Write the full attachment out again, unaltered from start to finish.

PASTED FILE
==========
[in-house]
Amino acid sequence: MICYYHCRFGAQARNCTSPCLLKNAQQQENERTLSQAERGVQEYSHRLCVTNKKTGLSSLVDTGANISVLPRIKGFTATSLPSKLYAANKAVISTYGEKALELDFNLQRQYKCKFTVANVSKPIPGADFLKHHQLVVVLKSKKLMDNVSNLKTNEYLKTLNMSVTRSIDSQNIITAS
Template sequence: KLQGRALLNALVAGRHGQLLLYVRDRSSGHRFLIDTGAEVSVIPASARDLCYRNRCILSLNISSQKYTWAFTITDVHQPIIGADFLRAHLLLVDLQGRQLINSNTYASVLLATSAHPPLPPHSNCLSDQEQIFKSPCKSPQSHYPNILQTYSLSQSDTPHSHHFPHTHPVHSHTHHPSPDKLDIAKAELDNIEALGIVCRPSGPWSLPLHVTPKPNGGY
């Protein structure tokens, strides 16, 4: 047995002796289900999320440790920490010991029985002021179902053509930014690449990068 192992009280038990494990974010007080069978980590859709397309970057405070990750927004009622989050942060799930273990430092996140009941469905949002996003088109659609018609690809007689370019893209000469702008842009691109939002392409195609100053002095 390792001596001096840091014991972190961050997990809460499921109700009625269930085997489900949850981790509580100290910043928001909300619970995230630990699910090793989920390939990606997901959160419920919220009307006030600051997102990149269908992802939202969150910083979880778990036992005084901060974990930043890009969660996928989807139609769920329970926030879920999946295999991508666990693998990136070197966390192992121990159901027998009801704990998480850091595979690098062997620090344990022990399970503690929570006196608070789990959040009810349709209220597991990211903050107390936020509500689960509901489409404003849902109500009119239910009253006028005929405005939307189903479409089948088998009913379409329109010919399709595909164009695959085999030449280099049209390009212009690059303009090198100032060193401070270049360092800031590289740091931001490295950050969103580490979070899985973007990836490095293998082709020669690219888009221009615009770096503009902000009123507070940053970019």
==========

[in-house]
Amino acid sequence: MICYYHCRFGAQARNCTSPCLLKNAQQQENERTLSQAERGVQEYSHRLCVTNKKTGLSSLVDTGANISVLPRIKGFTATSLPSKLYAANKAVISTYGEKALELDFNLQRQYKCKFTVANVSKPIPGADFLKHHQLVVVLKSKKLMDNVSNLKTNEYLKTLNMSVTRSIDSQNIITAS
Template sequence: KLQGRALLNALVAGRHGQLLLYVRDRSSGHRFLIDTGAEVSVIPASARDLCYRNRCILSLNISSQKYTWAFTITDVHQPIIGADFLRAHLLLVDLQGRQLINSNTYASVLLATSAHPPLPPHSNCLSDQEQIFKSPCKSPQSHYPNILQTYSLSQSDTPHSHHFPHTHPVHSHTHHPSPDKLDIAKAELDNIEALGIVCRPSGPWSLPLHVTPKPNGGY
């Protein structure tokens, strides 16, 4: 047995002796289900999320440790920490010991029985002021179902053509930014690449990068 192992009280038990494990974010007080069978980590859709397309970057405070990750927004009622989050942060799930273990430092996140009941469905949002996003088109659609018609690809007689370019893209000469702008842009691109939002392409195609100053002095 390792001596001096840091014991972190961050997990809460499921109700009625269930085997489900949850981790509580100290910043928001909300619970995230630990699910090793989920390939990606997901959160419920919220009307006030600051997102990149269908992802939202969150910083979880778990036992005084901060974990930043890009969660996928989807139609769920329970926030879920999946295999991508666990693998990136070197966390192992121990159901027998009801704990998480850091595979690098062997620090344990022990399970503690929570006196608070789990959040009810349709209220597991990211903050107390936020509500689960509901489409404003849902109500009119239910009253006028005929405005939307189903479409089948088998009913379409329109010919399709595909164009695959085999030449280099049209390009212009690059303009090198100032060193401070270049360092800031590289740091931001490295950050969103580490979070899985973007990836490095293998082709020669690219888009221009615009770096503009902000009123507070940053970019």